Discussion in 'Planting, growing, nurturing Plants' started by groen, May 2, 2012.
Any ideas on which trees would do well in Italy in a food forest?
What part of Italy (I assume not all of Italy is the same)? What is the climate, soil, aspect etc?
What already grows in the area - both cultivated and wild/naturalised?
Were exactly is your geographic location mate
It is in the southern hills of Tuscany. (I think it is around 350m above sea level...)
Winters can be cold and a bit wet, but summers are warm and dryer.
I know that there are lots of wild oak and even apple trees and berries, so we want to plant lots of nut and fruit (incl olive) trees and berries and hopefully some grape vines.
But I don't know what trees would do well there.
Your best bet is to get what is already growing there. Talk to neighbors, go to local nurseries, do some research online for your area. If you are wanting to plant fruit trees check for chill hours and pollinators. I live in a Mediterranean climate, but there are lots of things I can't grow here, so see if you can talk to the locals as much as possible and see what's already there.
Yes, I know. Thanks. It's still a while before we will be there to ask around, so I want to get some info in the meantime.
When you look at books and other resources, pay attention to where they are coming from and where the authors'/teachers' majority of experience lies. For instance, the popular "Edible Forest Gardens" books are often quoted as the ultimate resource for food forest design, and I've seem people on this forum living in tropical climates asking if particular plants listed in these references will do well for them!! The books were written by two designers from Massachusetts (USA) and they (Especially the plant lists!) have a distinct cool-temperate bias. As others have suggested, nothing replaces on-site observation and obtaining local knowledge. This is a huge challenge for good design in a culture obsessed with mobility and transition....where is the time to take a year to observe a site when there is settlement to consider...buildings, gardens. etc.? An experienced designer can often fast-track this observation process by means of good landscape reading skills, and from there a basic template of placement can take shape. And in much of the world, people have been living and surviving for millennia, and in most climates and landscapes a few plants, animals, and systems stand out....they're common, they're popular because they work and are reliable. In many cases this will be coming from older sites and older wisdom that hasn't been homogenized and overrun by big agribusiness.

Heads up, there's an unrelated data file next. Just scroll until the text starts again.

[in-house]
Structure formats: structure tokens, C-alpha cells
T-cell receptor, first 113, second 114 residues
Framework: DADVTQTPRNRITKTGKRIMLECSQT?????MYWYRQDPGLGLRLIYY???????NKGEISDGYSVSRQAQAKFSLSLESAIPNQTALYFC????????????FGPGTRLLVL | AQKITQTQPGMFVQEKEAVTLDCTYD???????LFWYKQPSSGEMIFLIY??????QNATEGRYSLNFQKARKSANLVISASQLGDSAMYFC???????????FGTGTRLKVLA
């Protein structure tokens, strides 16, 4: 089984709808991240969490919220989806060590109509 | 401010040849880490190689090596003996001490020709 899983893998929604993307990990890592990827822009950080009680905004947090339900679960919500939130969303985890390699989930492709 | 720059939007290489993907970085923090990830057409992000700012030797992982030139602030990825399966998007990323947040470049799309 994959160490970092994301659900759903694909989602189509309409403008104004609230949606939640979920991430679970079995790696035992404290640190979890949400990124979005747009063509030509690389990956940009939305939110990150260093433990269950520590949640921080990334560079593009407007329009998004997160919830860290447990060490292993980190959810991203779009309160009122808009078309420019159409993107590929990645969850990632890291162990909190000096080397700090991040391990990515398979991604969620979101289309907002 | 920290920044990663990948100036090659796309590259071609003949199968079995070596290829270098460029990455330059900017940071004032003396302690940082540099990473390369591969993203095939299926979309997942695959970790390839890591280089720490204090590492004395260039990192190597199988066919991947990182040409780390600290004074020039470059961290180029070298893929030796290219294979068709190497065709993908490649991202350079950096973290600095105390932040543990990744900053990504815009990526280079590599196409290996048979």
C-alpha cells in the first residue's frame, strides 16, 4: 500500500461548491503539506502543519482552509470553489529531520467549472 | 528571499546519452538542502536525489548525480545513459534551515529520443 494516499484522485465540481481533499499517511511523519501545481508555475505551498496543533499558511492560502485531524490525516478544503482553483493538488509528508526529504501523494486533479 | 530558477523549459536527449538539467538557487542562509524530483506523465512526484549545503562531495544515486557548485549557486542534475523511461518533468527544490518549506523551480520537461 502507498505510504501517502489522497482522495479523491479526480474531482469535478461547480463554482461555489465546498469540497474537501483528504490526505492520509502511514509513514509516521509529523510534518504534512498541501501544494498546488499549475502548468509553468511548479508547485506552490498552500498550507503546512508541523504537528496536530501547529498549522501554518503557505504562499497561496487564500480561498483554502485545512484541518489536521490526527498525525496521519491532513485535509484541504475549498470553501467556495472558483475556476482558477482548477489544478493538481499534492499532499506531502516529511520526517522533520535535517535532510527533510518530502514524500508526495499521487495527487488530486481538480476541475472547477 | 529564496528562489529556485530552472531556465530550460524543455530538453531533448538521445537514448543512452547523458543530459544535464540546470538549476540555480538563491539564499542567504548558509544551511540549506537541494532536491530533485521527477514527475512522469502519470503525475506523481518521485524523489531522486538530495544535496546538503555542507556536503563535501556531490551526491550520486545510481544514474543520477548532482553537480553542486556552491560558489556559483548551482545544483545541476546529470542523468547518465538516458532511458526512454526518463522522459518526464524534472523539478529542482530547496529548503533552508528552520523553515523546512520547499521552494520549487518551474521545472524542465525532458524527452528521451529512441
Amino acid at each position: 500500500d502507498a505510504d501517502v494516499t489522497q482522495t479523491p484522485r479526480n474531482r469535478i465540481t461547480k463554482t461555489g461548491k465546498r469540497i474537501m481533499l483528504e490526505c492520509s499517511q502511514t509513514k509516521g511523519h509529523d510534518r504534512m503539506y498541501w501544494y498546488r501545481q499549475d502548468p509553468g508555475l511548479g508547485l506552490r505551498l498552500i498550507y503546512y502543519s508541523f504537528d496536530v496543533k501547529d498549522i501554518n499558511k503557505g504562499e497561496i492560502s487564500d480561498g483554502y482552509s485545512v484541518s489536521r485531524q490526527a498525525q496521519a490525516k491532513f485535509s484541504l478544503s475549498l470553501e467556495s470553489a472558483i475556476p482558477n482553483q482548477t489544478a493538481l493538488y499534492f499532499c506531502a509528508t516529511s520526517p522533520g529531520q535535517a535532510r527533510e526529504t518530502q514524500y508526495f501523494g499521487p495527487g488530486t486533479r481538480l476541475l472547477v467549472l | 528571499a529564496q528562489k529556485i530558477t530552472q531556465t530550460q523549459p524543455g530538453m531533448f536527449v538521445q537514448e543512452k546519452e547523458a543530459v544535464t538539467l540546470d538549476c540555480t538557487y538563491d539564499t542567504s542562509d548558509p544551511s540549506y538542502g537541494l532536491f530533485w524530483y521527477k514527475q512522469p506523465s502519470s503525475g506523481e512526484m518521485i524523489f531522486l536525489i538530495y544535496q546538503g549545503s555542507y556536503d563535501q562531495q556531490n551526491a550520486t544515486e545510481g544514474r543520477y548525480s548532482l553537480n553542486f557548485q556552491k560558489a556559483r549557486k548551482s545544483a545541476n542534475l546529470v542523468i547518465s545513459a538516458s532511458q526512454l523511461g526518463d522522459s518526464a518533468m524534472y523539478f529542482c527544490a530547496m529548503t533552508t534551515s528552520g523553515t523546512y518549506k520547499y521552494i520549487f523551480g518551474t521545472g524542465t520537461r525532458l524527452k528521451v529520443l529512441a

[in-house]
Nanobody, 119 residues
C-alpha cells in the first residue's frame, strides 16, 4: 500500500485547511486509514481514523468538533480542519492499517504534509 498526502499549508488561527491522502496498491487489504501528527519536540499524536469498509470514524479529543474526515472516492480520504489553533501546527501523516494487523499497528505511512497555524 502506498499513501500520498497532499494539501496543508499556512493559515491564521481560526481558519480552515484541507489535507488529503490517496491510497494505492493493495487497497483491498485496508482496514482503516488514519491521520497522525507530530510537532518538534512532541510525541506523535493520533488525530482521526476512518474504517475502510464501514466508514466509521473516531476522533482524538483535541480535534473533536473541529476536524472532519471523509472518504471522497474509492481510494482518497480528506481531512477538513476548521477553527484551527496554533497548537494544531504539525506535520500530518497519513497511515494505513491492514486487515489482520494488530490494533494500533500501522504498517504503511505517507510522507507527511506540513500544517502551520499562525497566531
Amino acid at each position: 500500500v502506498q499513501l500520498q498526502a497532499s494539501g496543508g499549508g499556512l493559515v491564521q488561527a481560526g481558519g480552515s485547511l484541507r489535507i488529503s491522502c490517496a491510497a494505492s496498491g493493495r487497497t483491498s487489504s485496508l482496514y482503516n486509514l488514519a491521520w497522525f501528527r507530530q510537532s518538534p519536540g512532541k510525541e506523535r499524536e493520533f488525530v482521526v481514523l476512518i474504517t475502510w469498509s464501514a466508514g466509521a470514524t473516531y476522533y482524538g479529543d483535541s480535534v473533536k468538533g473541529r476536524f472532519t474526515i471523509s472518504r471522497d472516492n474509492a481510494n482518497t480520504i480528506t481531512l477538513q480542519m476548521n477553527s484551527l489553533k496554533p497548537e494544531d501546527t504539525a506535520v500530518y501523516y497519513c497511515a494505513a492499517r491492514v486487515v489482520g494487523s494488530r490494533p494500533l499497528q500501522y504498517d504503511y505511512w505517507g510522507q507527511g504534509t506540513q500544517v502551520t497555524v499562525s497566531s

Thanks! Yes, i always look at what's grown locally, and in the wild.
I was hoping someone on this site might have particular information for trees in the mediterranean climate...
This is an odd coincidence. I was researching Chinampa's and found this: Lemon Gardens
As with all things permaculture, it's all about your climate, soil, waterfall, and your own research / observations that will bring you to the promised land of happiness.
Gaia's Garden has extensive lists of plants for Mediterranean climate, As do most other Permaculture books. Maybe check a few out at the local library?
Thanks Pakanohida, I'll have a look straight away!!
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